It was a way to combine my unique portraiture that I've created over the years with Elvis's extraordinary ability to let the people be themselves.
From the very beginning, The Black List was going to be collaboration between Elvis and me. It was a way to combine my unique portraiture that I've created over the years with Elvis's extraordinary ability to let the people be themselves. We chose to keep it very simple, not to have Elvis be seen, but to have it in the voice of the person so that the subject is talking directly to the audience.
I think probably the comfort level that you see in the subjects on camera comes from the fact that most of them were shot in Timothy's studio, which is this beautiful place - a restored rectory in the East Village - that's a reflection of who Timothy is as an artist and as a person. There's beautiful artwork everywhere, and a sense of warmth. It piques the curiosity of people who come in, because they want to know who this guy is whose place they've come to for this portrait shooting. We shot the portraits and the interviews in the same sitting, so that did a lot of the work for us.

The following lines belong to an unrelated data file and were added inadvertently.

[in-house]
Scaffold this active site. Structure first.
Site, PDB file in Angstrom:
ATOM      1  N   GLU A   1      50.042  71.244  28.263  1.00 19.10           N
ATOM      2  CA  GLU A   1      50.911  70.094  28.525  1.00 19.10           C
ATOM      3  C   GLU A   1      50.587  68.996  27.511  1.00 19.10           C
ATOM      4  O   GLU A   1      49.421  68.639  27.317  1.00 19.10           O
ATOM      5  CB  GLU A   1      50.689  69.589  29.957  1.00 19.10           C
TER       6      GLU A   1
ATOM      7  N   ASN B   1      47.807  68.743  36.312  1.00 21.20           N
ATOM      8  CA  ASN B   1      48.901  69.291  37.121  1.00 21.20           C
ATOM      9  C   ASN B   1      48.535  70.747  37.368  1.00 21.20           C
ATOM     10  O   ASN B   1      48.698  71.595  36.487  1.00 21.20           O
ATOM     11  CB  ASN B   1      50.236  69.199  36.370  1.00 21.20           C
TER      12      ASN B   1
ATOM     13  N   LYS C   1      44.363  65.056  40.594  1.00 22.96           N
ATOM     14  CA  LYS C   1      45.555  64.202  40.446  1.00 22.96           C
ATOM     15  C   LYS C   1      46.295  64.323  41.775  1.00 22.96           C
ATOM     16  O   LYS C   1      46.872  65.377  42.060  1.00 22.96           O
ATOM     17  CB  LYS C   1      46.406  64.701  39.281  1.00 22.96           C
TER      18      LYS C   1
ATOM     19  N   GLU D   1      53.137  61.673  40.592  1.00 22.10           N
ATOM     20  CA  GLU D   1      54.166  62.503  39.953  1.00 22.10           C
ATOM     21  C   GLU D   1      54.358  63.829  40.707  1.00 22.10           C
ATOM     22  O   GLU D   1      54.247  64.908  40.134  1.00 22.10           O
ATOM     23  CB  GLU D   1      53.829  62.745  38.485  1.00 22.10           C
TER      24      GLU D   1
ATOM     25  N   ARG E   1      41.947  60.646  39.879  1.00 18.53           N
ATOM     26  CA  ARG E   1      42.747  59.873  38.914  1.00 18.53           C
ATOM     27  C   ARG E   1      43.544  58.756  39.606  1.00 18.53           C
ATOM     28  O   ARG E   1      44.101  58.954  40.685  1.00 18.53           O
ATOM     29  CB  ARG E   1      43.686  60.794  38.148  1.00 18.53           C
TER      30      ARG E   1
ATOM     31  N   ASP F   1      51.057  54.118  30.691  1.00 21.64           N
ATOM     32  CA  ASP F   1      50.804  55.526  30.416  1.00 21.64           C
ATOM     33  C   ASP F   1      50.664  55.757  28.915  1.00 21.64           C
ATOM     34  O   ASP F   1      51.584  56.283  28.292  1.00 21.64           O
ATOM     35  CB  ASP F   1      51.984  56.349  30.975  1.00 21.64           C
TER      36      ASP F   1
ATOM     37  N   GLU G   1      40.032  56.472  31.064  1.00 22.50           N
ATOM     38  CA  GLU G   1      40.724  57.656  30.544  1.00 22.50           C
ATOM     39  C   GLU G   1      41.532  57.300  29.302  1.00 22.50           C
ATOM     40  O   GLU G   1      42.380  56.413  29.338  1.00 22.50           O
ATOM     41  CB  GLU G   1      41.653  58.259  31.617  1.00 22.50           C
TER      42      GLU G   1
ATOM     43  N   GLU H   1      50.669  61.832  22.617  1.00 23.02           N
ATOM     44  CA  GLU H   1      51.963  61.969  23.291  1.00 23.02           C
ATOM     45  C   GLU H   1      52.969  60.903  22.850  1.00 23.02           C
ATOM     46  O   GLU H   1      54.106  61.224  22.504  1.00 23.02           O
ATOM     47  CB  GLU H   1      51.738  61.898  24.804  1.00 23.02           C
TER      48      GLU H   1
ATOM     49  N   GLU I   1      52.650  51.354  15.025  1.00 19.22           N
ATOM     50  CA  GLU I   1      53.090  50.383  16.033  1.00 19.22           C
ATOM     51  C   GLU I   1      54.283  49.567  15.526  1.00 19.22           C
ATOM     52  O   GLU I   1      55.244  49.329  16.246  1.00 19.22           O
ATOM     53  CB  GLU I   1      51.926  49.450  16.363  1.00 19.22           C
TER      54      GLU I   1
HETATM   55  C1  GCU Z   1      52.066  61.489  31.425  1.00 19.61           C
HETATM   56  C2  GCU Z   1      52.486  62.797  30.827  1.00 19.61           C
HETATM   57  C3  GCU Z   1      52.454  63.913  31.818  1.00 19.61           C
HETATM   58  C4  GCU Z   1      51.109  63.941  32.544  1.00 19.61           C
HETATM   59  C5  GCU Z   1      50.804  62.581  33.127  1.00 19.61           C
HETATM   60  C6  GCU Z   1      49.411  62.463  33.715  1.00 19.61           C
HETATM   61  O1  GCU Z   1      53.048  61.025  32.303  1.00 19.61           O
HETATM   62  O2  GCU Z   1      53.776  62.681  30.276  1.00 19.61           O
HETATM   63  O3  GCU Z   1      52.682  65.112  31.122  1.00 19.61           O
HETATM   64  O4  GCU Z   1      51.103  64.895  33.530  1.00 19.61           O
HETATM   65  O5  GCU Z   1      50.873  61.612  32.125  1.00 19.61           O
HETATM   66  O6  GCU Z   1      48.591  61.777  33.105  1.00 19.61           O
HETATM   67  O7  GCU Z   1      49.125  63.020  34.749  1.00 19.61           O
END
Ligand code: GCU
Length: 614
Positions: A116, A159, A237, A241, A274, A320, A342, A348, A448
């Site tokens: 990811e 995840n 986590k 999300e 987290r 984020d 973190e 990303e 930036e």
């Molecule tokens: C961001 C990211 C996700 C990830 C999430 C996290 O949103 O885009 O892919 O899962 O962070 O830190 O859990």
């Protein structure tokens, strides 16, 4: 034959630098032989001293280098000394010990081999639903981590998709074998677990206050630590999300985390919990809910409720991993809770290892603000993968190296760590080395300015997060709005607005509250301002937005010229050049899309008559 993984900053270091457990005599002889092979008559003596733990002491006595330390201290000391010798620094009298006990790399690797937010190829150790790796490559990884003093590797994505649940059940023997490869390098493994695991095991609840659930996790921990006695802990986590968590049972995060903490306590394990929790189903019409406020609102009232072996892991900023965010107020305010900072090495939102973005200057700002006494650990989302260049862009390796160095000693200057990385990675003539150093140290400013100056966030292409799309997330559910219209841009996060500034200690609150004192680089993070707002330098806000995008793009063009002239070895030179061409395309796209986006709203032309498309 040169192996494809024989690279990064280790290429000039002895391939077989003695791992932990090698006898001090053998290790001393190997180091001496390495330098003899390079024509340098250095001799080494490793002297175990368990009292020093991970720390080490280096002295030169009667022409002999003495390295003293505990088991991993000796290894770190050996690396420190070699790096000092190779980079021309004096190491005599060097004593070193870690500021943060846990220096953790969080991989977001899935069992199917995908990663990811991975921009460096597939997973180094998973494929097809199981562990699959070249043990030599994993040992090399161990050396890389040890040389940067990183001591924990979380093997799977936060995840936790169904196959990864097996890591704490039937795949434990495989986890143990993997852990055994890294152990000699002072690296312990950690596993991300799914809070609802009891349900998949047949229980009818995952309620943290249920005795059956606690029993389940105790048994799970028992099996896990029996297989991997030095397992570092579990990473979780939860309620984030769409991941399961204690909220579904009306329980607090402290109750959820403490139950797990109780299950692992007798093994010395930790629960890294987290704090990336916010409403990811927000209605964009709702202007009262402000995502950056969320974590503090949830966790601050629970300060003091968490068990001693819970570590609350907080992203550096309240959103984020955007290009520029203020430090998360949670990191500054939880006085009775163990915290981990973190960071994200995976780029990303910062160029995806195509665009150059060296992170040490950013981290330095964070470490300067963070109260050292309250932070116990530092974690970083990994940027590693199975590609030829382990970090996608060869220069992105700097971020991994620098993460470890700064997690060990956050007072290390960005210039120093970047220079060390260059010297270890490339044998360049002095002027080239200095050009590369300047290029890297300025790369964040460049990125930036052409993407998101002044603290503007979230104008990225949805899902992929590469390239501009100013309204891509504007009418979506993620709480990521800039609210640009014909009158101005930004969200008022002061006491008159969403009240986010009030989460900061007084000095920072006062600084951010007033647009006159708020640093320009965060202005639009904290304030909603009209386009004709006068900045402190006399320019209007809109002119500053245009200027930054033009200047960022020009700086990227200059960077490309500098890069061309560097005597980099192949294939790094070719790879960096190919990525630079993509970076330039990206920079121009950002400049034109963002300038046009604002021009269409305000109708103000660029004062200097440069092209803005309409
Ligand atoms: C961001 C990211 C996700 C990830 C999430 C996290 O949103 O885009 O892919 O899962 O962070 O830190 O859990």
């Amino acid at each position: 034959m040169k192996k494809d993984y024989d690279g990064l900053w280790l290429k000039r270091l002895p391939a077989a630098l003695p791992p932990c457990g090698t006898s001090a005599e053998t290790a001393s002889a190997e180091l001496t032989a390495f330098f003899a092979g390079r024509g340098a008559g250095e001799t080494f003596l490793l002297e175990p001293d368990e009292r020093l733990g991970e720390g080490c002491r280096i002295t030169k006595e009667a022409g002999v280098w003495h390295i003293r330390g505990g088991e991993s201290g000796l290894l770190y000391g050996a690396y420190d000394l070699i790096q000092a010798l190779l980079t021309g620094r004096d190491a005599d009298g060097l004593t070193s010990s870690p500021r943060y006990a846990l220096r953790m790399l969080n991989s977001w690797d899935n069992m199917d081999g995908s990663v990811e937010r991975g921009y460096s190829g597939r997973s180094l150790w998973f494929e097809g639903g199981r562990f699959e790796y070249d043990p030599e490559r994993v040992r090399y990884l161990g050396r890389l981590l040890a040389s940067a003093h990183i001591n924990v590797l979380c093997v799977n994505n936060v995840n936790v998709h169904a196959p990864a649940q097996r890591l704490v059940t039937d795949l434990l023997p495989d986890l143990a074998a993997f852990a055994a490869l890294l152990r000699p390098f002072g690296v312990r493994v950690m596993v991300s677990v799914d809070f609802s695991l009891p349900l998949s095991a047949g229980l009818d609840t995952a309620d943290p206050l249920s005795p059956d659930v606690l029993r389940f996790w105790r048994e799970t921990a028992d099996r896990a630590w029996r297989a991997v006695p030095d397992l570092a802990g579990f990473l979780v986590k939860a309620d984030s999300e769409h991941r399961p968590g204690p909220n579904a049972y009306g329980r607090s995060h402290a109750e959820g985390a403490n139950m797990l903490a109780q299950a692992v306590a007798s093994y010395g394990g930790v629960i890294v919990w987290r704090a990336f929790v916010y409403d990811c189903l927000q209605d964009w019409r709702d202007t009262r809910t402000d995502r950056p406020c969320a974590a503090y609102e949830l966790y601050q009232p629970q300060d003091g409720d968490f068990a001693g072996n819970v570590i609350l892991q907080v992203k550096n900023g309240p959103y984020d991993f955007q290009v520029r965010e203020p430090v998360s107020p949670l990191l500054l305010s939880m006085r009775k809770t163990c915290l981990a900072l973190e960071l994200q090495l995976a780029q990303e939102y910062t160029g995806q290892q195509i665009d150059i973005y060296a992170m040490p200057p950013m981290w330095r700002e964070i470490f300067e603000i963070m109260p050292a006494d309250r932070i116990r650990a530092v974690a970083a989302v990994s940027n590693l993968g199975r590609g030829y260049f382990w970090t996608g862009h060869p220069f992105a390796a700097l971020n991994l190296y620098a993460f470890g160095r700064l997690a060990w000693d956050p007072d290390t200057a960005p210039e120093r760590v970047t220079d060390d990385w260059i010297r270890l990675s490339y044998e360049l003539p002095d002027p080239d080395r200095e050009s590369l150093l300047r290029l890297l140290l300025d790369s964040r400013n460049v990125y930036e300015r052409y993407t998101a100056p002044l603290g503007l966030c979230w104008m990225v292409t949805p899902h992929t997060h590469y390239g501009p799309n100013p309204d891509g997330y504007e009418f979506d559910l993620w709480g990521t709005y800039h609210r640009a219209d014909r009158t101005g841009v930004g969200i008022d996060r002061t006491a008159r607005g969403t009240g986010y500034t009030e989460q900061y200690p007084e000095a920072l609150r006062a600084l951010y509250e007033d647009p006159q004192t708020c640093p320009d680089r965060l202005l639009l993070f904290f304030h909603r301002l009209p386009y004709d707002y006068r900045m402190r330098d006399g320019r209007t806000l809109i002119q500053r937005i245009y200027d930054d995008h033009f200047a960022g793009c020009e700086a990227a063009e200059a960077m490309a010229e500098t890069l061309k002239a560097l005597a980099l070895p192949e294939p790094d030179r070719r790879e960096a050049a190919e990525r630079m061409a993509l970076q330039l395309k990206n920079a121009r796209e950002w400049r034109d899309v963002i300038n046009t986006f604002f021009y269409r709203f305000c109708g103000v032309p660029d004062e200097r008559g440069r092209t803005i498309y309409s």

This film is not a sentimentalized version of success. It's not the standard thing. It catches people off-guard. From the first interview, I think what the film says is that the African-American experience is much bigger and broader and much deeper and much more influential, still, than people give it credit for.